Wednesday, May 23, 2012

What have I done?

By Pamela

Starting a new story is a lot like getting a new puppy.

Many times it starts at the end of another one’s life. You loved, nurtured and grew the last one into a respectable, often-admired pet—one that minded and even made you proud. You could show it off when other people acted the least bit interested. Make it ‘speak’ by reading aloud your mesmerizing prose. Have its plot ‘roll over’ with ingenious timing. It could even ‘beg’ and you’d stop whatever else you might be doing—folding laundry, cooking dinner, cleaning house (Ha!)—and give it your full attention.

So as the old one completes its life, you find yourself wondering what will next be worthy of your attention. Should you devote your time and talents to a tale that’s high strung and will demand a lot from you? Or choose a quiet one that seems docile and loving? Perhaps you’ve always been drawn to a devoted pure-bred genre—a golden retriever like women’s fiction or a true-blue hound like historic fiction.

And now you find yourself entertaining the notion of adopting a mutt! A mix of high energy adventure and exotic paranormal—something that might end up looking a lot like this:

But also one that might surprise you and turn out adorable and newsworthy and make you a trend-setter.

So, you dive in and commit yourself to this new adventure. You surround yourself with elements to keep this new puppy entertained—pictures of characters culled from magazines, descriptions of setting scribbled on post-its, bits of dialog you heard while shopping now on the back of your grocery list.

And yet sometimes it refuses to behave. Sometimes it keeps you awake at night with its incessant barking and whining. It won’t even let you shower in peace without begging for your attention. Other times it’s downright annoying as it chews away at your subconscious, working its sharp little puppy teeth into your brain when you’re trying to help a child with homework or listen to your mother on the phone.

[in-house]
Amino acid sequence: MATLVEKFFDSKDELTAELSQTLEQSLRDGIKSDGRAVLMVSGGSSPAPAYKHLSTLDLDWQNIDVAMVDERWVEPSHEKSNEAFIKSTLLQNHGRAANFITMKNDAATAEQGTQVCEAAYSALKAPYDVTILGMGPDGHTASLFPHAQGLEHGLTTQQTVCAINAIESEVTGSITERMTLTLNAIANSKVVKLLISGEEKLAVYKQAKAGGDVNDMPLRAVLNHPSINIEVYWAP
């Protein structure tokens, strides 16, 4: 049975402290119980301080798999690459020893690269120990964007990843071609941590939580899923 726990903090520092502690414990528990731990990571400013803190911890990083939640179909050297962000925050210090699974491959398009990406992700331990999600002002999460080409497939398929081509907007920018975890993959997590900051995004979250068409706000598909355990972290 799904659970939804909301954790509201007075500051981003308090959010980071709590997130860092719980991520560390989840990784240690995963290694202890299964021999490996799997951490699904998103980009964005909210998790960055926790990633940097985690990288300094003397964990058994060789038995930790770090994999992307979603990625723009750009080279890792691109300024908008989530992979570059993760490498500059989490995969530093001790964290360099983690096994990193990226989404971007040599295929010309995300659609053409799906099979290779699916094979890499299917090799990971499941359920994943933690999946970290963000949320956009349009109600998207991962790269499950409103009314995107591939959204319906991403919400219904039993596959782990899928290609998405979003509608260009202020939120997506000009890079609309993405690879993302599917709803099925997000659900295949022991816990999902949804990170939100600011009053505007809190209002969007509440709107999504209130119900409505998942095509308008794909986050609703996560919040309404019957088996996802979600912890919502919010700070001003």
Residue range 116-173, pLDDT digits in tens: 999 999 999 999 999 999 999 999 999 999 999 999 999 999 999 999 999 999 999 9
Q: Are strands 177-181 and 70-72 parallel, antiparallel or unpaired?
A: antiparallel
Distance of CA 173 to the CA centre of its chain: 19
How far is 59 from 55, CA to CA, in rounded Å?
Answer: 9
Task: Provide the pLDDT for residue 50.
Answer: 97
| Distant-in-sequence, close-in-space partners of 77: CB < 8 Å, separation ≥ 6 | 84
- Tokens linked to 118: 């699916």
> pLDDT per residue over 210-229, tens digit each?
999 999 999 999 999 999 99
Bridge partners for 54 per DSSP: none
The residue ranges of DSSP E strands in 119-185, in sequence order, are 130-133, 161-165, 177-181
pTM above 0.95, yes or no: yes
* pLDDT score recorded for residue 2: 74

Just when you begin to wonder if you’ve bitten off more than you can chew, a day will come when this new pet project you’ve had such high hopes for turns a corner and begins to behave. It comes when you call. Sits eagerly at your feet. Delights you with a cock of its head. Makes you cry or laugh when you least expect it. 

And so you embrace it—knowing that it might, in return, take a chunk out of your ear. Knowing that it’s likely to still get messy and stinky and slobbery, but that you will never abandon it. Because like all good dogs—this new story just needs you to love it.

Photo credits: Ugly dog by Ben Margot, on; puppy images by Pamela and Mia Hammonds


  1. Anonymous23 May, 2012

    Love this Pam....

  2. Did you start a new manuscript and not tell me!

  3. Thanks, Anon! :)
    No, Kim, I didn't. But I DID get a new puppy! (Susan asked the same thing.) Actually an idea is brewing but I need to finish my WIP first.

  4. And sometimes a chunk out of your soul. "Or choose a quiet one that seems docile and loving?" Next time I choose a bulldog of a plot, please remind me of your words.

    Great post--and so true!

  5. I don't know about you, Joan, but I'm rather fond of bulldogs! I'll bet you will be too one day soon.

  6. Wow! Nice comparison to writing. "Sometimes it keeps you awake at night with its incessant barking and whining" - like so many of our pesky characters! :) Maybe that's why I am more of a cat person...

  7. Yes, Heather. I'm pretty sure cats aren't nearly as demanding ... even as kittens. Thanks for stopping by!


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